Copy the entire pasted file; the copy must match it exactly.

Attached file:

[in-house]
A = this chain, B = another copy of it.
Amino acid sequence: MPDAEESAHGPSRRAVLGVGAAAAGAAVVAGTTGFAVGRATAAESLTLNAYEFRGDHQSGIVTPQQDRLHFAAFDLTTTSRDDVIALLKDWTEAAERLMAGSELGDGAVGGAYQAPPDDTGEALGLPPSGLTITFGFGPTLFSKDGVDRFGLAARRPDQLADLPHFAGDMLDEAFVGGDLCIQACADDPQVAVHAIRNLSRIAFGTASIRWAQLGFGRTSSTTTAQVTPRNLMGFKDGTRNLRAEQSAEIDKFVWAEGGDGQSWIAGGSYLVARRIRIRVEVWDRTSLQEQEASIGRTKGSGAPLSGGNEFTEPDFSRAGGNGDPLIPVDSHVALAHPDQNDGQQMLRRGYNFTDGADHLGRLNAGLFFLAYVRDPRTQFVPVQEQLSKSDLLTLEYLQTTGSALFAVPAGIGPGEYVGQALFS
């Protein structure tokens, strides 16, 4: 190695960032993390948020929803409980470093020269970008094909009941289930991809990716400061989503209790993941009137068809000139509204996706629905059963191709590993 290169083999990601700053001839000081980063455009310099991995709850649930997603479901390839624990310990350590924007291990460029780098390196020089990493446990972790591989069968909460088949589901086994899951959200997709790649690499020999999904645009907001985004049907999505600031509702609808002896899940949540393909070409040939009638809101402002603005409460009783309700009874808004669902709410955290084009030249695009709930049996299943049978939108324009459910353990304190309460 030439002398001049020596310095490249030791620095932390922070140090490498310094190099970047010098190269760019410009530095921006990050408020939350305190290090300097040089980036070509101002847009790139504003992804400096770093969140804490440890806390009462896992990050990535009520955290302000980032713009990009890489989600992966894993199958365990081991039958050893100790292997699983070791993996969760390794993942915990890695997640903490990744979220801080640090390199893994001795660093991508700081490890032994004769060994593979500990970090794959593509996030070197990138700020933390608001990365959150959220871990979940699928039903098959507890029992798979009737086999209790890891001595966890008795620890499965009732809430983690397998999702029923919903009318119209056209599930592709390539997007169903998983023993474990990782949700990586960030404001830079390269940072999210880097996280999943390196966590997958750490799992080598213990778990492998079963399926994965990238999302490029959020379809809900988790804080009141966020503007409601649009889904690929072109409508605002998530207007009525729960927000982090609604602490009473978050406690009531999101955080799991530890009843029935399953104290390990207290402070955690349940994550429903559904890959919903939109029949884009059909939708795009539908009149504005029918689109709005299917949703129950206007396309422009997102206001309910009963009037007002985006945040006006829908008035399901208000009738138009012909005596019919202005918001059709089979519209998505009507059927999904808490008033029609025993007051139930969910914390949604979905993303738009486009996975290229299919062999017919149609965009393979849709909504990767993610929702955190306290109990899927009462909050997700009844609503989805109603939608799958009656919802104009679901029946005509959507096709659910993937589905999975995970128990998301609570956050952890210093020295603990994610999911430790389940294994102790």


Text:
[in-house]
A = this chain, B = another copy of it.
Amino acid sequence: MPDAEESAHGPSRRAVLGVGAAAAGAAVVAGTTGFAVGRATAAESLTLNAYEFRGDHQSGIVTPQQDRLHFAAFDLTTTSRDDVIALLKDWTEAAERLMAGSELGDGAVGGAYQAPPDDTGEALGLPPSGLTITFGFGPTLFSKDGVDRFGLAARRPDQLADLPHFAGDMLDEAFVGGDLCIQACADDPQVAVHAIRNLSRIAFGTASIRWAQLGFGRTSSTTTAQVTPRNLMGFKDGTRNLRAEQSAEIDKFVWAEGGDGQSWIAGGSYLVARRIRIRVEVWDRTSLQEQEASIGRTKGSGAPLSGGNEFTEPDFSRAGGNGDPLIPVDSHVALAHPDQNDGQQMLRRGYNFTDGADHLGRLNAGLFFLAYVRDPRTQFVPVQEQLSKSDLLTLEYLQTTGSALFAVPAGIGPGEYVGQALFS
């Protein structure tokens, strides 16, 4: 190695960032993390948020929803409980470093020269970008094909009941289930991809990716400061989503209790993941009137068809000139509204996706629905059963191709590993 290169083999990601700053001839000081980063455009310099991995709850649930997603479901390839624990310990350590924007291990460029780098390196020089990493446990972790591989069968909460088949589901086994899951959200997709790649690499020999999904645009907001985004049907999505600031509702609808002896899940949540393909070409040939009638809101402002603005409460009783309700009874808004669902709410955290084009030249695009709930049996299943049978939108324009459910353990304190309460 030439002398001049020596310095490249030791620095932390922070140090490498310094190099970047010098190269760019410009530095921006990050408020939350305190290090300097040089980036070509101002847009790139504003992804400096770093969140804490440890806390009462896992990050990535009520955290302000980032713009990009890489989600992966894993199958365990081991039958050893100790292997699983070791993996969760390794993942915990890695997640903490990744979220801080640090390199893994001795660093991508700081490890032994004769060994593979500990970090794959593509996030070197990138700020933390608001990365959150959220871990979940699928039903098959507890029992798979009737086999209790890891001595966890008795620890499965009732809430983690397998999702029923919903009318119209056209599930592709390539997007169903998983023993474990990782949700990586960030404001830079390269940072999210880097996280999943390196966590997958750490799992080598213990778990492998079963399926994965990238999302490029959020379809809900988790804080009141966020503007409601649009889904690929072109409508605002998530207007009525729960927000982090609604602490009473978050406690009531999101955080799991530890009843029935399953104290390990207290402070955690349940994550429903559904890959919903939109029949884009059909939708795009539908009149504005029918689109709005299917949703129950206007396309422009997102206001309910009963009037007002985006945040006006829908008035399901208000009738138009012909005596019919202005918001059709089979519209998505009507059927999904808490008033029609025993007051139930969910914390949604979905993303738009486009996975290229299919062999017919149609965009393979849709909504990767993610929702955190306290109990899927009462909050997700009844609503989805109603939608799958009656919802104009679901029946005509959507096709659910993937589905999975995970128990998301609570956050952890210093020295603990994610999911430790389940294994102790």